As I became more involved in the classes and realized my abilities, I learned to compensate for size differences such as height, weight, and body mass.  Traditional judo throws are taught a certain way; however, if you are five foot two, how can you be expected to hoist that six foot guy onto your shoulders to do kata guruma? If you have arthritis in your fingers, how can you do those chokes which involve grasping the lapels and collars? If you have short legs, how can you do a figure-of-four around your opponent’s torso for do jime (body choke)? If your opponent is barrel-chested, how do you accomplish tate shiho gatame (full mount position) without being tossed to the side?

We all must show proficiency in techniques in order to attain our belts in judo; however, in randori, whether tachi waza or ne waza (standing or ground techniques), when fighting with another person, there are no rules as to which technique you may use. That is when you employ those techniques which suit your body type, body mass, height and weight.

I tend to dwell on those judo techniques which I do well and alter the way I do those techniques which don’t come naturally or, for whatever reason, are difficult to do. For example, my throwing Dave with kata guruma (shoulder throw or fireman’s carry): we do a version in which I have one knee on the ground the whole time. I don’t stand up; I wouldn’t be able to anyway. Rob is so strong that kata guruma is child’s play to him, so it suits him completely.

If you are very tall, throwing a short person with forward throws, such as seoi nage or o goshi, may be extremely difficult; getting low enough to be under uke’s center of gravity may be uncomfortable or impossible. Backward throws may suit far better, such as, o soto gari (major outer reaping), o soto guruma (major outer wheel) and many others. Foot techniques are ideal for those among us with big flippers.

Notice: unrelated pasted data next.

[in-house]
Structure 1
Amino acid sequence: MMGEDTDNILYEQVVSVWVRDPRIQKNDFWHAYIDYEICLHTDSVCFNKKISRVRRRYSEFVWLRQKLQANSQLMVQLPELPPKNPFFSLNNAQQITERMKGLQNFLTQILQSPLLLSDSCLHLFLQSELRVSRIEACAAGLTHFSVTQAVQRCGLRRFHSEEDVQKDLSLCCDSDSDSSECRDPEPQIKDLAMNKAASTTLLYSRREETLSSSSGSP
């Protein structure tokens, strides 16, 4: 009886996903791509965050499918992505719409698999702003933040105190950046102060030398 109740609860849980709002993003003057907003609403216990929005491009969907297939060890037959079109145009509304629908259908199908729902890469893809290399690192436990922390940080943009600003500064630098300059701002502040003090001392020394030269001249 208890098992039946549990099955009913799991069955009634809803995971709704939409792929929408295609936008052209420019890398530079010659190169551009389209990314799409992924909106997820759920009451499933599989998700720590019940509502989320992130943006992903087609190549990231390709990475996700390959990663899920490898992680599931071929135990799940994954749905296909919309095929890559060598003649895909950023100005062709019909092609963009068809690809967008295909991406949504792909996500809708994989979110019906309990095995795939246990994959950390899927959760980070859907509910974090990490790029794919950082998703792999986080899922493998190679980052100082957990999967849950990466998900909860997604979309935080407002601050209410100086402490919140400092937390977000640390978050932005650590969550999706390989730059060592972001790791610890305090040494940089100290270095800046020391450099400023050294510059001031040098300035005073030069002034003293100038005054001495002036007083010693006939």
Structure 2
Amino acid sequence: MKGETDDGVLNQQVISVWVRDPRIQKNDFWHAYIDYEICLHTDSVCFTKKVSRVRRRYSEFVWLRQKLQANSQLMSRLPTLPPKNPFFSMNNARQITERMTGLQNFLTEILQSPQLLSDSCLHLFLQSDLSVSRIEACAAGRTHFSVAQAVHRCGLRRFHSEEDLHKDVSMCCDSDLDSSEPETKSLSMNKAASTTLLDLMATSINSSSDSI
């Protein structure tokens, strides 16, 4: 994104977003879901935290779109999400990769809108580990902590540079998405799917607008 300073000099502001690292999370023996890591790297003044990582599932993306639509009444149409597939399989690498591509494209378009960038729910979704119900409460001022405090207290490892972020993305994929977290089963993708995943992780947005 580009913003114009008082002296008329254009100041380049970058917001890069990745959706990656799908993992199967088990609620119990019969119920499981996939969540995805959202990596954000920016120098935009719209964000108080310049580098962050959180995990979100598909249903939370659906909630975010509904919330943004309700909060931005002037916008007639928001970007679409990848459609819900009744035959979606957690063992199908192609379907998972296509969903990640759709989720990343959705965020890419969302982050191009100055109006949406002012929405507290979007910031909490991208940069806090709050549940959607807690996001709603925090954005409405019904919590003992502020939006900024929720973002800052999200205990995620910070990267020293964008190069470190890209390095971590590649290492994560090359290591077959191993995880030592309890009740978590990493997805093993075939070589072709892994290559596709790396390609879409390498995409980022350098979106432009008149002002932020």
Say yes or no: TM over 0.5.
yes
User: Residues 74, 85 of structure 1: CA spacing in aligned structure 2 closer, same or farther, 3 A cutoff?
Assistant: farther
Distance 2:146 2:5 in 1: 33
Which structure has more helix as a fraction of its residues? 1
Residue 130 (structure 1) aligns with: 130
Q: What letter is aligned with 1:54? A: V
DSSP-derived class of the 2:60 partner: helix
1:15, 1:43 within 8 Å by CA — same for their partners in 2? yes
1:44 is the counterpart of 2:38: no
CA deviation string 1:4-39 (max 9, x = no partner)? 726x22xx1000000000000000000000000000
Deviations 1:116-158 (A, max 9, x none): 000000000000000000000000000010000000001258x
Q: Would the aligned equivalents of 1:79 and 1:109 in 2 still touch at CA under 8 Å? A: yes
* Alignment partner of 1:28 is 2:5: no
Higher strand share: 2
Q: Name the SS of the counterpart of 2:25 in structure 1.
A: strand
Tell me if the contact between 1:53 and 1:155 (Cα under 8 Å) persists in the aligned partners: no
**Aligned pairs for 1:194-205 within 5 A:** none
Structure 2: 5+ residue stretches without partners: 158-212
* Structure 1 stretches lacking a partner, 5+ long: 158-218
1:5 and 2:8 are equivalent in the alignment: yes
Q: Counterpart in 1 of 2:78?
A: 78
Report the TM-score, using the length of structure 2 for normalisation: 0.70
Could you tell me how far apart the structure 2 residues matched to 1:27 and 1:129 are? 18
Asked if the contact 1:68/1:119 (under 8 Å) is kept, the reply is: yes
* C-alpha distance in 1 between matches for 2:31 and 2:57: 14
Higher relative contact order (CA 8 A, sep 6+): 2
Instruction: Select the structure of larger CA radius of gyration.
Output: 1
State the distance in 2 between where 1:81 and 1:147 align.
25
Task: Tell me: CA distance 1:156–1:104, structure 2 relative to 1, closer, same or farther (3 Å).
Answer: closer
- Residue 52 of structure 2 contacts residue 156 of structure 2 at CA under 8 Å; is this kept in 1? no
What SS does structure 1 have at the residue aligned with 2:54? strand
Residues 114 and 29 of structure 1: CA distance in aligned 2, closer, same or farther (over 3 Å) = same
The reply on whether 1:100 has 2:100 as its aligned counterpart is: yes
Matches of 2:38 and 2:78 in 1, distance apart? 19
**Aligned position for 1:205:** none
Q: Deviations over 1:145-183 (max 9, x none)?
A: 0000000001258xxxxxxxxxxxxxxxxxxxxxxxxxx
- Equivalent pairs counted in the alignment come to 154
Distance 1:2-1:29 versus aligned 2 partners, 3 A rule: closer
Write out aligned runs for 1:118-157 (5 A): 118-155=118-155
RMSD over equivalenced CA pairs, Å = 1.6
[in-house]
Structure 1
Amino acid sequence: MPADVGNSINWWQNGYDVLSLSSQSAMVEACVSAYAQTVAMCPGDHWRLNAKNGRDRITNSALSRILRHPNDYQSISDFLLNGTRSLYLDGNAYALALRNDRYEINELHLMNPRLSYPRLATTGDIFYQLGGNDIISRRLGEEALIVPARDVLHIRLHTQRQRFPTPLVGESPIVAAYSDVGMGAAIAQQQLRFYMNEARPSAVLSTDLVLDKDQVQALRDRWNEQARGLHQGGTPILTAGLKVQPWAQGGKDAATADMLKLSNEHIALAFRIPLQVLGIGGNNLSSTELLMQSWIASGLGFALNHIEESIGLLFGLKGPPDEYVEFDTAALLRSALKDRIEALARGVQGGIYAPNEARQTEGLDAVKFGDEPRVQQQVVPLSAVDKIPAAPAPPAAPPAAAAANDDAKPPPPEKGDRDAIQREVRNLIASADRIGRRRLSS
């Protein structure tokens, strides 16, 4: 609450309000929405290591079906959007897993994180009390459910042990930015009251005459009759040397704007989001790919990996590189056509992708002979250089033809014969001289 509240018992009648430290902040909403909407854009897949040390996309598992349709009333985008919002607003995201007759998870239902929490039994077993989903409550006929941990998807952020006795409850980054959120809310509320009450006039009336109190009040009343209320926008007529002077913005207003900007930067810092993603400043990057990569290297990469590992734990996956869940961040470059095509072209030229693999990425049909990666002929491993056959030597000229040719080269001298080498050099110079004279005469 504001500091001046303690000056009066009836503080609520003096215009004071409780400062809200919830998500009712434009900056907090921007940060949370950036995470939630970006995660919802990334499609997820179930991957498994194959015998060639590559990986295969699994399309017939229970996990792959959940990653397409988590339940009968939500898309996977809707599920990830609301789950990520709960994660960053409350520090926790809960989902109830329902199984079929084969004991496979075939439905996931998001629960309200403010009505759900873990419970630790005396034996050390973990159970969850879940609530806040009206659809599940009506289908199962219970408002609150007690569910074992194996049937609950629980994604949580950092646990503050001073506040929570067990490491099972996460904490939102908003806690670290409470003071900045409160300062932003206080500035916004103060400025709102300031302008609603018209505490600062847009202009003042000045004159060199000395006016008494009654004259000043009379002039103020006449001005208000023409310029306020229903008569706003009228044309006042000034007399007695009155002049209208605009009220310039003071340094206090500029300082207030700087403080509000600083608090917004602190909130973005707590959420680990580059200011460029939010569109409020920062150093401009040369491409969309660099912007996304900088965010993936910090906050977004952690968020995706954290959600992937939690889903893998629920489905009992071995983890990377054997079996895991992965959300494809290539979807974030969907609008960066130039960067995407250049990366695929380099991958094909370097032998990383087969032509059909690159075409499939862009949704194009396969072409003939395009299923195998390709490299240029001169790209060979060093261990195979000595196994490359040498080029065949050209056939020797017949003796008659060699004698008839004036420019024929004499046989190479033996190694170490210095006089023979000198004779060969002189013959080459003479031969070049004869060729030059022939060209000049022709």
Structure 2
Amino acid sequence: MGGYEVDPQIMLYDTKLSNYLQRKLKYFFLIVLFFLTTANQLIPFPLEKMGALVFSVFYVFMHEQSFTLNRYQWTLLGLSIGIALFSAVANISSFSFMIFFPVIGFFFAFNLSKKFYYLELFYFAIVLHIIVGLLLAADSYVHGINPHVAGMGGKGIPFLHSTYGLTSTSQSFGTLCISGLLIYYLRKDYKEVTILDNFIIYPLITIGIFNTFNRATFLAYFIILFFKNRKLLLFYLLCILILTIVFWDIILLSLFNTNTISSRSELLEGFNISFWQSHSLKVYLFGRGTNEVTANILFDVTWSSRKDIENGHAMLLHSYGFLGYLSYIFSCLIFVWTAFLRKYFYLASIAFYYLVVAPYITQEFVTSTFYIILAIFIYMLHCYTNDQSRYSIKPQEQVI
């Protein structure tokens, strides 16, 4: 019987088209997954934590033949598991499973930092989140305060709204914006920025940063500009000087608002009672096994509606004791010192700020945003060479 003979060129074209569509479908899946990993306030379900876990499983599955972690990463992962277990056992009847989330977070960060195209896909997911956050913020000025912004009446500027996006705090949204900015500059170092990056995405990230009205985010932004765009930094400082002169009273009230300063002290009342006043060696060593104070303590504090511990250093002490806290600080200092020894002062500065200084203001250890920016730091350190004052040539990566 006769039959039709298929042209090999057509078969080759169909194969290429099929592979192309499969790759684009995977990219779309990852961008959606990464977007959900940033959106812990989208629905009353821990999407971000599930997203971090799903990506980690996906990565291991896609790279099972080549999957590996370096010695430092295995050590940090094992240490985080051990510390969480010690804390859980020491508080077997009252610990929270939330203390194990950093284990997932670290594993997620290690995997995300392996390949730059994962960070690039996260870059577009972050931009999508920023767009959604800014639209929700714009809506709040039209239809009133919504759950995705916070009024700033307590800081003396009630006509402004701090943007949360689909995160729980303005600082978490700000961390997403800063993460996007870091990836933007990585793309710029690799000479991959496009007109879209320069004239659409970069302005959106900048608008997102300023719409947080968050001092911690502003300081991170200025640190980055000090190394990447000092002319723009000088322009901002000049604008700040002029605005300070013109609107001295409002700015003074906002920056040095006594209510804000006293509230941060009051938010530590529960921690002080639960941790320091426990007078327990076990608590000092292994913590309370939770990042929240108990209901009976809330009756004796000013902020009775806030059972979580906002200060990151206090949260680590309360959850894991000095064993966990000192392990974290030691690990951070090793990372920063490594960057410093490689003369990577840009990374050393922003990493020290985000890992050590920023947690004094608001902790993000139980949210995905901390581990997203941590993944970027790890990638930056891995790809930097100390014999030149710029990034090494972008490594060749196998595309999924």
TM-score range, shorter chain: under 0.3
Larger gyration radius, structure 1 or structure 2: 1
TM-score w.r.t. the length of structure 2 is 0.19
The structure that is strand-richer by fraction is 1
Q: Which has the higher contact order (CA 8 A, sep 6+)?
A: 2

The arthritis means that I can’t choke people with the gi, but hadaka jime (naked choke) and others are fair game.

That short-legged fellow who can’t do the figure-of-four in order to do do jime dwells on his abilities: he’s very strong and agile and despite his short legs has developed little manoeuvres and holds (ankle locks, for instance) when grappling that more than compensate for the techniques which he cannot do and make him extremely dangerous.

Dealing with that barrel-chested guy when applying tate shiho gatame (vertical four quarters lock or hold, also called North-South position) involves posting an arm or leg, even though that may be considered unorthodox. When grappling a guy whose body mass is bigger than yours, you have to modify your moves.

Applying ashi gatame (leg arm lock) may be difficult for the long-legged to apply to someone who has short, stocky arms, but ude garami (entangled arm lock) works just fine. 

Since everyone is different, we must work with the individual to determine which judo techniques best suit him or her. That may involve changing the technique drastically from the traditional judo, but the purpose is to apply the technique, win with it, and to enjoy the class along the way. Perhaps that is one reason we like our classes so much: we can study and alter a technique until we can get it to work in a certain situation against a particular person or position. There are limited rules to follow and almost unlimited variations which can be applied.

ayjay

February 17, 2009